The passing of Memorial Hall, or rather of the Harvard commons so long dispensed in it, is no mere local event. It may well be pondered by institutions of liberal education throughout the land. If criticism could have killed it, Memorial Hall would have perished long ago. Sometimes it has been derided for the scantiness of the fare, as when the Lampoon wrote years ago:

Am I thin? Quite correct you conjecture.

Memorial Hall is the place

We breakfast on architecture;

For luncheon we simply say grace.

Oftener it has been scorned for its superabundance of food tastelessly cooked, hastily and sloppily served. Guests were taken to the gallery "to see the animals feed," or perhaps were introduced with a line of James Russell Lowell's to view:

A distant, as Gray would say, prospect of eating.

But for decades Memorial was thronged. The more fortunate organized themselves in "club tables," where each had his own sea. Others perforce ate at "hotel tables," where the appetite of newcomers--two or three relays of them--was tempered by seeing remains of a predecessor's voracity. That was before the war. Latterly, we are told, the diners have dwindled from well above a thousand to three hundred. It takes five hundred to pay expenses. The loss last year was some $25,000.

President Lowell, who expresses deep regret at the passing of Memorial, attributes it to an increasing habit of "eating about" at quick-lunch counters, cafeterias and the like. This is one of those explanations that need explaining. If it is true that civilized man cannot live without dining, it is doubly true that the hours of prandial relaxation have a peculiar value in undergraduate life. Dr. Lowell speaks of Memorial as a place where "men could meet together constantly, have club tables and get the advantage that comes in college life from association with a group of comrades around a common table." But if it had really afforded those advantages, would it have dwindled and passed? Undergraduates may be deaf to the call of the Muses, but they have a thirst unquenchable for college life and comradeship. Nowhere in America do the commons perform the function of "Hall" in an English college. The real fault with our system is that the commmons are not truly commons. Those who, in local opinion, constitute the socially elect dine in club or fraternity houses. At Harvard they number about one-third of each class, and the proportion is said to be increasing. What should be a common meeting ground of all elements in college is a mere round-up of waifs and strays.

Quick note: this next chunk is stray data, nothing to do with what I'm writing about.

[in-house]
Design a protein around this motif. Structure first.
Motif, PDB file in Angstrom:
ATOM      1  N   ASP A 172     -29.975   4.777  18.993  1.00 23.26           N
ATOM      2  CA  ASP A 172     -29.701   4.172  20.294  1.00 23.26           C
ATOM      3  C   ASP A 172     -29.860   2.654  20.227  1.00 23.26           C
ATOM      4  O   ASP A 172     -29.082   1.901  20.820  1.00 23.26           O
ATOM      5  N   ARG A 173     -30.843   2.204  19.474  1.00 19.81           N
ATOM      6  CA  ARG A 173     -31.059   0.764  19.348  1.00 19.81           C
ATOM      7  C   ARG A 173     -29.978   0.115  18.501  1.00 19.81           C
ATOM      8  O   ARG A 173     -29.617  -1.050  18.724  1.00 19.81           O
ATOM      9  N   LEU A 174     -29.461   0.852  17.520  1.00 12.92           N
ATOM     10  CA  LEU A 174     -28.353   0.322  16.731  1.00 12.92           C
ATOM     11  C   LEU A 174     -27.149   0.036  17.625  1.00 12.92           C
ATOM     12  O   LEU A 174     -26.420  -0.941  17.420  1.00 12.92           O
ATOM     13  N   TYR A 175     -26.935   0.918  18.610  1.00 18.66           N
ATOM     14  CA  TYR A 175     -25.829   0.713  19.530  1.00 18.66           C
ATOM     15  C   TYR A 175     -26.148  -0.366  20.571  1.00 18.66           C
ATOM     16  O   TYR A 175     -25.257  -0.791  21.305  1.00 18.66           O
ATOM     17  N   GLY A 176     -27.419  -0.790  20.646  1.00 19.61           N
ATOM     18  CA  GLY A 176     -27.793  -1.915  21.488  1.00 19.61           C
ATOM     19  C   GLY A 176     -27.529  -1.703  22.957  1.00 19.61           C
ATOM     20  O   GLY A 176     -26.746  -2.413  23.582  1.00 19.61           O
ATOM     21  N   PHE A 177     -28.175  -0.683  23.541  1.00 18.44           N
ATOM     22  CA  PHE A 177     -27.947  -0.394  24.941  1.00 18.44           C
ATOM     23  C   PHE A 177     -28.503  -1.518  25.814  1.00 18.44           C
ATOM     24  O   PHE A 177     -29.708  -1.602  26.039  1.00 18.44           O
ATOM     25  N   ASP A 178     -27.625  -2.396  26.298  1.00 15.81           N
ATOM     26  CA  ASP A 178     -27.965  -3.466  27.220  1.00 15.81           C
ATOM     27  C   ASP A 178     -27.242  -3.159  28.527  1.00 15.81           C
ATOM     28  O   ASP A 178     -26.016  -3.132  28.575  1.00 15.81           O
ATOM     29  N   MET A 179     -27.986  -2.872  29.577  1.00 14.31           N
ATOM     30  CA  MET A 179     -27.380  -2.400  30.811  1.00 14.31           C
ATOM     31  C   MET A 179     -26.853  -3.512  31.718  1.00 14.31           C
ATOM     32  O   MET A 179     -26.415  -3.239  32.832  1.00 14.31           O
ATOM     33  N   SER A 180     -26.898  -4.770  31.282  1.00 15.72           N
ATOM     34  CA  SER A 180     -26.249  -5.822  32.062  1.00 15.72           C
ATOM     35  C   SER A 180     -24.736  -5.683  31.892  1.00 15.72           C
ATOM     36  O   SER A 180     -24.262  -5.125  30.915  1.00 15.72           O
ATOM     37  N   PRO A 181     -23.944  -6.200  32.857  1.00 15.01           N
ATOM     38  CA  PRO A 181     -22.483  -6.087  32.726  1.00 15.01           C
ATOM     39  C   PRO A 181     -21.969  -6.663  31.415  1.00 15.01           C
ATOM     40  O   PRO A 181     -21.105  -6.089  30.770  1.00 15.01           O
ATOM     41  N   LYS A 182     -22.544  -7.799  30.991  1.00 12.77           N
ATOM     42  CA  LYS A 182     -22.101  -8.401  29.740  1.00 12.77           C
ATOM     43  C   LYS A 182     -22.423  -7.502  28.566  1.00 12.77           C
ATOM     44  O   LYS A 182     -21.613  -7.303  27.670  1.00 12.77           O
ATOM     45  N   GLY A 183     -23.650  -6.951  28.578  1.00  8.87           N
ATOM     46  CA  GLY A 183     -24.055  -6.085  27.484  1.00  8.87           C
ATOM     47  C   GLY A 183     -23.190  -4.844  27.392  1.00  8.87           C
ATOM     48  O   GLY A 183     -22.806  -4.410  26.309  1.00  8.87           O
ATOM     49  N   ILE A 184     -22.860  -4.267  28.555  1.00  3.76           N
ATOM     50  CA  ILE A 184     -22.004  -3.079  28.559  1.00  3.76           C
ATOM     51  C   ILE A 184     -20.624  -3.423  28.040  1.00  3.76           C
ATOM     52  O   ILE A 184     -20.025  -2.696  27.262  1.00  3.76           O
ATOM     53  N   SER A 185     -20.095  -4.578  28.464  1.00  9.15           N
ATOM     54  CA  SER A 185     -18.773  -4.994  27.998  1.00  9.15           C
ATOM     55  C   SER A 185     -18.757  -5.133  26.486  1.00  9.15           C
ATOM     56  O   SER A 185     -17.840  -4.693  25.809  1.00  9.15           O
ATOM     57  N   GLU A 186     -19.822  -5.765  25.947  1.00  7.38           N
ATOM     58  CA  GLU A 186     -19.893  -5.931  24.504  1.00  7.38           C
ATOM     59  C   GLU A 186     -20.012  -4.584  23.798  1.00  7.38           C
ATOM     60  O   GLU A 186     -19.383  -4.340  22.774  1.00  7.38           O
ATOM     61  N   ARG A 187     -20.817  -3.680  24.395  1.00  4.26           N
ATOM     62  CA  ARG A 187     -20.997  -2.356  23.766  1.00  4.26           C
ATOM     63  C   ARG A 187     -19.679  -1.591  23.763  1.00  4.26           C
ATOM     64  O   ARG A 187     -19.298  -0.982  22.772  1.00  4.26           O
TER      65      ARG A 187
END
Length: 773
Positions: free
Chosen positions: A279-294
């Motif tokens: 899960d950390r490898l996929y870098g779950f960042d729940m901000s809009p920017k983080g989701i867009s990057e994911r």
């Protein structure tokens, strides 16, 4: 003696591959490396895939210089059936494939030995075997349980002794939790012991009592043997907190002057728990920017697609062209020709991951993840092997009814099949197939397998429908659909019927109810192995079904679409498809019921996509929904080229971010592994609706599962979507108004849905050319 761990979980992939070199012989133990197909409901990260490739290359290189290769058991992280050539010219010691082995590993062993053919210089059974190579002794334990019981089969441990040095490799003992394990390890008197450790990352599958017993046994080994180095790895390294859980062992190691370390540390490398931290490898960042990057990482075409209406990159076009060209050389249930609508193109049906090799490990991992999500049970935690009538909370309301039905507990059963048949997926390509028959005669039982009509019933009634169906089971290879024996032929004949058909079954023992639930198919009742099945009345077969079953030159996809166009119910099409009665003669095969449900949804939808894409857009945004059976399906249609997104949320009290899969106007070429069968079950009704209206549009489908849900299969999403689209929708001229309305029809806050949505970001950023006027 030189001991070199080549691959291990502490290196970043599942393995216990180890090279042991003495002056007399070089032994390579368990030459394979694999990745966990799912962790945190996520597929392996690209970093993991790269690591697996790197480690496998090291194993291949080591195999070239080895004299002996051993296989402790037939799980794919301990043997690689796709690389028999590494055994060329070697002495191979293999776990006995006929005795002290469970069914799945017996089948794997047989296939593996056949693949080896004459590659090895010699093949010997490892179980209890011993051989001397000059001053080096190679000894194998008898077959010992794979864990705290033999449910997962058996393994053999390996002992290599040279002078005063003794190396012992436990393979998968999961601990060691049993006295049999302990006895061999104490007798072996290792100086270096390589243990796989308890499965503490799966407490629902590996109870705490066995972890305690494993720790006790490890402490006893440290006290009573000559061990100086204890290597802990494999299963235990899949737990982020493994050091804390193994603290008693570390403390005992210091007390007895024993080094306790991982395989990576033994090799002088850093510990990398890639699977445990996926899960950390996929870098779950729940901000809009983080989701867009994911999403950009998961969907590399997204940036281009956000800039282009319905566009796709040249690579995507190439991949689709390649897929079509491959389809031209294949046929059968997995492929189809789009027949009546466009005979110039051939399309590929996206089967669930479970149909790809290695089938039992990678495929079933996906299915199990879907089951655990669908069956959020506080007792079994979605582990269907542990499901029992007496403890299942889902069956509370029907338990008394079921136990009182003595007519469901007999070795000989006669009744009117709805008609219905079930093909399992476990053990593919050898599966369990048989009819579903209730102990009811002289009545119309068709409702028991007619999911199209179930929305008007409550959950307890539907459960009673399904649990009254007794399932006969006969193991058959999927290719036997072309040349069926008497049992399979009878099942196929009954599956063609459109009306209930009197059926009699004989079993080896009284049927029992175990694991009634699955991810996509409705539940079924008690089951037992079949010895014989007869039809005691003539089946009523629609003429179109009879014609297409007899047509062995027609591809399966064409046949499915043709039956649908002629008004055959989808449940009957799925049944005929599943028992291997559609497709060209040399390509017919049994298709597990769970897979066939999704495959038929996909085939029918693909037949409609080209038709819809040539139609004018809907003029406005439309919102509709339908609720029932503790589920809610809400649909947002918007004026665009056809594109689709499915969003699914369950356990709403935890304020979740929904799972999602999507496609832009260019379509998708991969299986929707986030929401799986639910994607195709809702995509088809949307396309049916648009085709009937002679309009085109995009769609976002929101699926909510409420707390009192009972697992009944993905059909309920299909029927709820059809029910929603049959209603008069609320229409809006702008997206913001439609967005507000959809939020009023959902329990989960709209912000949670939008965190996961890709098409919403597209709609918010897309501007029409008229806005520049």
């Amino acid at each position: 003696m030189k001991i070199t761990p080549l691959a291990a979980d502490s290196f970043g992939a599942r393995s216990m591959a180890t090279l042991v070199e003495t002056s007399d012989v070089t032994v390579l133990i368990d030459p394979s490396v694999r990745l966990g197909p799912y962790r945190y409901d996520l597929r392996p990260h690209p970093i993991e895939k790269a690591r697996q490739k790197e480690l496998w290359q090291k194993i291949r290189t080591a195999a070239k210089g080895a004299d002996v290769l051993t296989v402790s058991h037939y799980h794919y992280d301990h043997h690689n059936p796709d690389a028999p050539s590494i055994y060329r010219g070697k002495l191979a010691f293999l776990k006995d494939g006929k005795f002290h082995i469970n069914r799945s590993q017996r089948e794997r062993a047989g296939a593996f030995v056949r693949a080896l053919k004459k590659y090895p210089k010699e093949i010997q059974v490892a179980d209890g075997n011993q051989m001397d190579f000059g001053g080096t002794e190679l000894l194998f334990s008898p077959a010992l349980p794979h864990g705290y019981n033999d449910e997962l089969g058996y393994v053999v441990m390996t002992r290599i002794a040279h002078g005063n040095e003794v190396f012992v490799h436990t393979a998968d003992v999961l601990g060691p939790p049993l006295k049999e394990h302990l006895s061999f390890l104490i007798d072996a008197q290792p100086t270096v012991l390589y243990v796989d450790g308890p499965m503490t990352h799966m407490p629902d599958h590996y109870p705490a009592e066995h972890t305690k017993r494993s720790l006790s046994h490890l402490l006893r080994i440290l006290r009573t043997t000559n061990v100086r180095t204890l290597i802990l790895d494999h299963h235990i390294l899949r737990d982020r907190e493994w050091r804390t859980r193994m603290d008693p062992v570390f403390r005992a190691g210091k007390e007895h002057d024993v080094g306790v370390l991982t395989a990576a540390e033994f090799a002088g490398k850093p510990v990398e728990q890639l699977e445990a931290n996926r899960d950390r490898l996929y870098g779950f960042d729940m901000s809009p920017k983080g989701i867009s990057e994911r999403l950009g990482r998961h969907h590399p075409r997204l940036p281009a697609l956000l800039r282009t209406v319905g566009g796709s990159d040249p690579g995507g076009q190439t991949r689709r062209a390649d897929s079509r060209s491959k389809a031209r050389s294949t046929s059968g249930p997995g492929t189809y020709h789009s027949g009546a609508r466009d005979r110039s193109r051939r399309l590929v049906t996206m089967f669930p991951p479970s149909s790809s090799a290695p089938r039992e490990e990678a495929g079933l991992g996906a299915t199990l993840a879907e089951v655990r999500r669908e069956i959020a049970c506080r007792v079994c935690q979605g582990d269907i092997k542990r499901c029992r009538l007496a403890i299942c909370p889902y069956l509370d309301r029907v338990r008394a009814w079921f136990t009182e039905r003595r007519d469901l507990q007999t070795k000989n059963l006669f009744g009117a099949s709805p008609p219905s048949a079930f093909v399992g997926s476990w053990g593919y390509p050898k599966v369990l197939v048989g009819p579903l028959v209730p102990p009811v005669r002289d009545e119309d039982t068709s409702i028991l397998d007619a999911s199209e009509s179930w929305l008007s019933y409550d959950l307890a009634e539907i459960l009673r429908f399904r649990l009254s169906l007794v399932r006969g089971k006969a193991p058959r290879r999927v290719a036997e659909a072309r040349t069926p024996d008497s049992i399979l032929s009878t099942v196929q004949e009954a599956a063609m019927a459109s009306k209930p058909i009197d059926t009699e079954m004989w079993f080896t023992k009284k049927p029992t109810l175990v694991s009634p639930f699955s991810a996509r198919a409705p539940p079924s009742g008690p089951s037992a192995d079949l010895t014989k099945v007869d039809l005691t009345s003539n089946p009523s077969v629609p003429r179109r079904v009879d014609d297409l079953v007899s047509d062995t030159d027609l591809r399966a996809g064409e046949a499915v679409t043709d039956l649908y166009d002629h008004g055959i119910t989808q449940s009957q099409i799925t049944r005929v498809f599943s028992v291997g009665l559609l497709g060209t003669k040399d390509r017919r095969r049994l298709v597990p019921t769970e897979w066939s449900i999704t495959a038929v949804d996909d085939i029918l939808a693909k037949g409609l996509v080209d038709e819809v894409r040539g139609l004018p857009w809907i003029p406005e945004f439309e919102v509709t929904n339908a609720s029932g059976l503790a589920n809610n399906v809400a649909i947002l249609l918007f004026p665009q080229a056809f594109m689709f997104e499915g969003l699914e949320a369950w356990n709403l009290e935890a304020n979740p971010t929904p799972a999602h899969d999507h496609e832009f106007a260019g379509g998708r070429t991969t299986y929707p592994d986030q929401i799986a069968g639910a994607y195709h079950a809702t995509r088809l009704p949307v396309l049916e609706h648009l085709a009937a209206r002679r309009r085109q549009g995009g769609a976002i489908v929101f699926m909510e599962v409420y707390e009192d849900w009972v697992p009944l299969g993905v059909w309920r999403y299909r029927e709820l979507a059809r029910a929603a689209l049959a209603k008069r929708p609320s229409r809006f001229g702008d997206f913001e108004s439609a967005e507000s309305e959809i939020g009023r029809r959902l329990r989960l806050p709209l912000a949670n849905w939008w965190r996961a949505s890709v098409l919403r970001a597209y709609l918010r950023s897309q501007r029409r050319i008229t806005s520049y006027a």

For upward of a quarter of a century educators have realized that college life can be effectively organized and college traditions adequately inculcated only when the student body is split up into subordinate units. That was the basic idea of the "Quads" which Woodrow Wilson planned for Princeton. President Lowell was himself once a convert to some such idea. But throughout the land educators have continued to lavish money upon laboratory training and research, upon technical and business schools and to shed copiously sentimental tears over each new evidence of the decline in the true spirit of college life. New York Times.